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and Latin, which will never be of any service to them; for the boys at our middle schools do not study these languages long enough for the tone of their minds to be in any sense influenced by classical literature. There is no reason, however, why both science and language should not be taught side by side in these schools : we only object to the exclusive teaching of the one to the total neglect of the other.
With regard to the honours and rewards” of life, we are quite of opinion that it would be advantageous to the country if the two universities would grant degrees solely for attainments in physical science, and, what is more substantial, cofer fellowships upon men eminent in this department. This would be the means of inducing a larger number of persons to concentrate their attention and cnergies upon science, and would thus produce a higher degree of excellence in it than would otherwise be attainable. Sieps have already been taken in this direction, and we may hope that these are the harbingers of further progress.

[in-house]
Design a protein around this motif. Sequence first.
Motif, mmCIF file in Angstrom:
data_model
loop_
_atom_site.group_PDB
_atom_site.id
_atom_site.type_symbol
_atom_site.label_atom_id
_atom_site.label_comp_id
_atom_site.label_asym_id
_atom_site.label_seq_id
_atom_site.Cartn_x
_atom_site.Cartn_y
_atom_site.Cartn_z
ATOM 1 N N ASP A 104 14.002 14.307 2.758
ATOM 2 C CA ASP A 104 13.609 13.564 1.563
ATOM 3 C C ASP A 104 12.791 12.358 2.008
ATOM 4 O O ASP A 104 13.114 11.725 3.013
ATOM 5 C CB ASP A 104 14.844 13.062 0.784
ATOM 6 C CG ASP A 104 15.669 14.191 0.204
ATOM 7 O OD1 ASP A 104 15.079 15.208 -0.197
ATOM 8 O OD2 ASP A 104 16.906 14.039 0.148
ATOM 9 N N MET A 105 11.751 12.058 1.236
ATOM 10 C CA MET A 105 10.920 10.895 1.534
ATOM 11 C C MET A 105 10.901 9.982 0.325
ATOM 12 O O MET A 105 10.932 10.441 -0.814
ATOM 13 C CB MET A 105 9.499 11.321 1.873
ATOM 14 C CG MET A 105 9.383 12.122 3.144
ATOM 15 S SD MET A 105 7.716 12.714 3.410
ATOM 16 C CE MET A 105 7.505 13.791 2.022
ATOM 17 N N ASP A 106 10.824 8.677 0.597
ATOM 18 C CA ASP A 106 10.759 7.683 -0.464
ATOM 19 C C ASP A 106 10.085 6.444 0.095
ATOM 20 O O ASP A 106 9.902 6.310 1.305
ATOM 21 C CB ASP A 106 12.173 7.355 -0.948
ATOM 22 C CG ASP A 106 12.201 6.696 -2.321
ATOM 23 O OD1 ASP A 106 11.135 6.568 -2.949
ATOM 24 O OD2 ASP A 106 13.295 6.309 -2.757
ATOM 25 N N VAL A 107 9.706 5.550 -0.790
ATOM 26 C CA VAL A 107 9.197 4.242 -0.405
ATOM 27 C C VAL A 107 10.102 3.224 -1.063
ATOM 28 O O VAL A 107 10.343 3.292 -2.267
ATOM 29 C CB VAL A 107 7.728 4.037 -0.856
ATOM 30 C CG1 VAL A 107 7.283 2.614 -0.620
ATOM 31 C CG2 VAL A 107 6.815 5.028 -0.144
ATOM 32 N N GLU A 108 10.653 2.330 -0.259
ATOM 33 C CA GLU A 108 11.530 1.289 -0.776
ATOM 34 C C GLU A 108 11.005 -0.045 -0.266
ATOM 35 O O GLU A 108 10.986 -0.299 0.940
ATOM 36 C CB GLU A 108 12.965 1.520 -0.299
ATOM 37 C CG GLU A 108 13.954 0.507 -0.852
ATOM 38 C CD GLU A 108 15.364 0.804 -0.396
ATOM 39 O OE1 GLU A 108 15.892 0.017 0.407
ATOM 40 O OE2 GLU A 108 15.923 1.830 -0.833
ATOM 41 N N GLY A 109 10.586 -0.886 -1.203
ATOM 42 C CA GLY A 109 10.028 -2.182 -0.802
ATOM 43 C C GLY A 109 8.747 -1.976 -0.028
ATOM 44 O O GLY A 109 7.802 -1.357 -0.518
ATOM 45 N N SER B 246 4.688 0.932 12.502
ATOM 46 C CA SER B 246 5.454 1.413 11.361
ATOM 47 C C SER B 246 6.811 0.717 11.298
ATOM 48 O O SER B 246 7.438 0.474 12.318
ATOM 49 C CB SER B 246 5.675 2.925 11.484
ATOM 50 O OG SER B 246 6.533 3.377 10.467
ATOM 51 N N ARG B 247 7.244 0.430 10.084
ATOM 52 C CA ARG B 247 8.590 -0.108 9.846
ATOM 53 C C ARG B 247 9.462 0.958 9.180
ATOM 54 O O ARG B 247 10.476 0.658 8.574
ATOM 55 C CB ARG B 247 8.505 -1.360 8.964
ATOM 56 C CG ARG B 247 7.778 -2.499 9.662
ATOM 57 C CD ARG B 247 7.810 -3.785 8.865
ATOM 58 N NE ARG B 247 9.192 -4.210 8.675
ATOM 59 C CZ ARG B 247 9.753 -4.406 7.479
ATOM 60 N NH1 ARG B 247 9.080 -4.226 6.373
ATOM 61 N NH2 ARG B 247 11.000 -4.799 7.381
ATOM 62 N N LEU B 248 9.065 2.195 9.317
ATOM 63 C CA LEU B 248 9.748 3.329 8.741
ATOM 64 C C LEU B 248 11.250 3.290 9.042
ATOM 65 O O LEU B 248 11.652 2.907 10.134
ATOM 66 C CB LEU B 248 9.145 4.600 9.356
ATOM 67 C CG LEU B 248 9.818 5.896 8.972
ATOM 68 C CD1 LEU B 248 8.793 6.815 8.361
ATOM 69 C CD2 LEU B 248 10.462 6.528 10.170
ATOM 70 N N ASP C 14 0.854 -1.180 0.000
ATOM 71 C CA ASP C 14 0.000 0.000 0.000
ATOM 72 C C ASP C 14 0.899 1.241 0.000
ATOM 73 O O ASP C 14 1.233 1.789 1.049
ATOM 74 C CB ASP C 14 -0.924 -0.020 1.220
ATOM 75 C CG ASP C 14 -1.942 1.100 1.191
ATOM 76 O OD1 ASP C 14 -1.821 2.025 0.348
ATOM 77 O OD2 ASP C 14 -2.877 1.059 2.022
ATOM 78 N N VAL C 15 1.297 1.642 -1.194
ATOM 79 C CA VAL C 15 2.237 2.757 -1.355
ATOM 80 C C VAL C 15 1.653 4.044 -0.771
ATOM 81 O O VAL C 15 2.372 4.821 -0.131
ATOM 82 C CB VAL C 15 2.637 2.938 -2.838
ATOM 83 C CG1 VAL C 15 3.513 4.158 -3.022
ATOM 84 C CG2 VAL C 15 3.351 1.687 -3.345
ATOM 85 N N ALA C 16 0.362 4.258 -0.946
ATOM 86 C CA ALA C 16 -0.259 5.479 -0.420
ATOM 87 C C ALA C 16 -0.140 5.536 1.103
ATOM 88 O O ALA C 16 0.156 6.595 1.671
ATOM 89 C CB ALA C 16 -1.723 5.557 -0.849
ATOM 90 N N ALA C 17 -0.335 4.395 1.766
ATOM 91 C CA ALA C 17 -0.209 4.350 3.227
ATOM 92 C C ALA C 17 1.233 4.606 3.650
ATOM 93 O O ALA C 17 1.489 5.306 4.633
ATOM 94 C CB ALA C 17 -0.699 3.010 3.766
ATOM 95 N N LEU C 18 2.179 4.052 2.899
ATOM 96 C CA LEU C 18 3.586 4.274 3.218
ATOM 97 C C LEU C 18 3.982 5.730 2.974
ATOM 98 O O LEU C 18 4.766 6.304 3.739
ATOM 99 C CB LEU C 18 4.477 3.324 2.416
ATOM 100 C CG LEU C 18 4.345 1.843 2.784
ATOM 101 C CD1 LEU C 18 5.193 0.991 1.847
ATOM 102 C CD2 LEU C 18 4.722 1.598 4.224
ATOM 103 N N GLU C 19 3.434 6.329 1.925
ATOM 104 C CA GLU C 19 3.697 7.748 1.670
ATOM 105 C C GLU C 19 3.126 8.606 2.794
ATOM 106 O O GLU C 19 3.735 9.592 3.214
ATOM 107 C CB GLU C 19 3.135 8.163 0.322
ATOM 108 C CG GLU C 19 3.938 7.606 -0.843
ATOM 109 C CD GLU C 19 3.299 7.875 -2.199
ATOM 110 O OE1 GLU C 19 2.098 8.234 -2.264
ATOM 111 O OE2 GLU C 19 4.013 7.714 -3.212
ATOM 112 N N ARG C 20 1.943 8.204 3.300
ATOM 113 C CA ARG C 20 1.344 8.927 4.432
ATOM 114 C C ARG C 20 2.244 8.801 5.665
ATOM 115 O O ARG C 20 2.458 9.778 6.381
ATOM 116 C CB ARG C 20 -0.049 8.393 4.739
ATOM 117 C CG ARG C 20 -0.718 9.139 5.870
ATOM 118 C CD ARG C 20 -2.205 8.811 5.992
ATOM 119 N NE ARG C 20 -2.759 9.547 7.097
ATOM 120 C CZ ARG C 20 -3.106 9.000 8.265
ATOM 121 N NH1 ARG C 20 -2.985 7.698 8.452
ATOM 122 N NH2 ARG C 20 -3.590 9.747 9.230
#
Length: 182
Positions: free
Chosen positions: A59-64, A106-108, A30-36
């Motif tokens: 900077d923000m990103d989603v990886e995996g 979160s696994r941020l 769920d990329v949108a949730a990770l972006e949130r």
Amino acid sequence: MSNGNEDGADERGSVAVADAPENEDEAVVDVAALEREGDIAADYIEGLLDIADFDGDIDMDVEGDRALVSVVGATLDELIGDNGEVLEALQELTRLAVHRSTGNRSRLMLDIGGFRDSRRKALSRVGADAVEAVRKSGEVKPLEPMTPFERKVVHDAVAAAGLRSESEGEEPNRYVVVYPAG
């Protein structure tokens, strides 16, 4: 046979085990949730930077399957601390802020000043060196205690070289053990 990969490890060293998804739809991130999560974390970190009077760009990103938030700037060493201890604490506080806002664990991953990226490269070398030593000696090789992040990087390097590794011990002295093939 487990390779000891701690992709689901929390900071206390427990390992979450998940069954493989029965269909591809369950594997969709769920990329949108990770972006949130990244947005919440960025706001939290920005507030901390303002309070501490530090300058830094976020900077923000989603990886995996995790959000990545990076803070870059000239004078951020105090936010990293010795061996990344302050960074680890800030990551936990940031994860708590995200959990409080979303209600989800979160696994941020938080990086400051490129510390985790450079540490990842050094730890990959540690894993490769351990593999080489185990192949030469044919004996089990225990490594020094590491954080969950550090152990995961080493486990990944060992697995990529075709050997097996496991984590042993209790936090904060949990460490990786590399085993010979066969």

There is a very important result about which we are able to speak with great confidence, considering that it has become increasingly manifest since the very first day of the Exhibition. We mean the alteration it has produced in the disposition of the people at large towards foreigners. This may be regarded as the education of one people to a proper bearing towards others. Before this great gathering of the nations, it was comparatively unusual for foreigners to be seen in this country. Nay the specimens of them that were seen (with their hirsute faces and slouched hats, and with their dirty pipes dangling out of their mouths,) were not such as to inspire an Englishman with very great respect. Besides, the jealousy entertained by our tradesmen against foreign competition, and our old national antipathy to the French, the natural result of our incessant wars with them, had not died out, and had even extended itself, in the minds of ignorant people, to the Germans, and other nations, with whom we never were at war; in fact, they were all included under the general denomination of Frenchmen, and treated accordingly. But the thousands of good-looking and welldressed foreigners, who came over from the Continent during the Exhibition, with their uniformly courteous conduct, have convinced us that we have been doing then a great injustice; while the superior excellence of many of the objects exhibited by them over our own productions of the same class, and the great amount of skill and ingenuity displayed by their contributions generally, have shown us that they have made quite as much progress in the arts and sciences as ourselves and in some directions even more.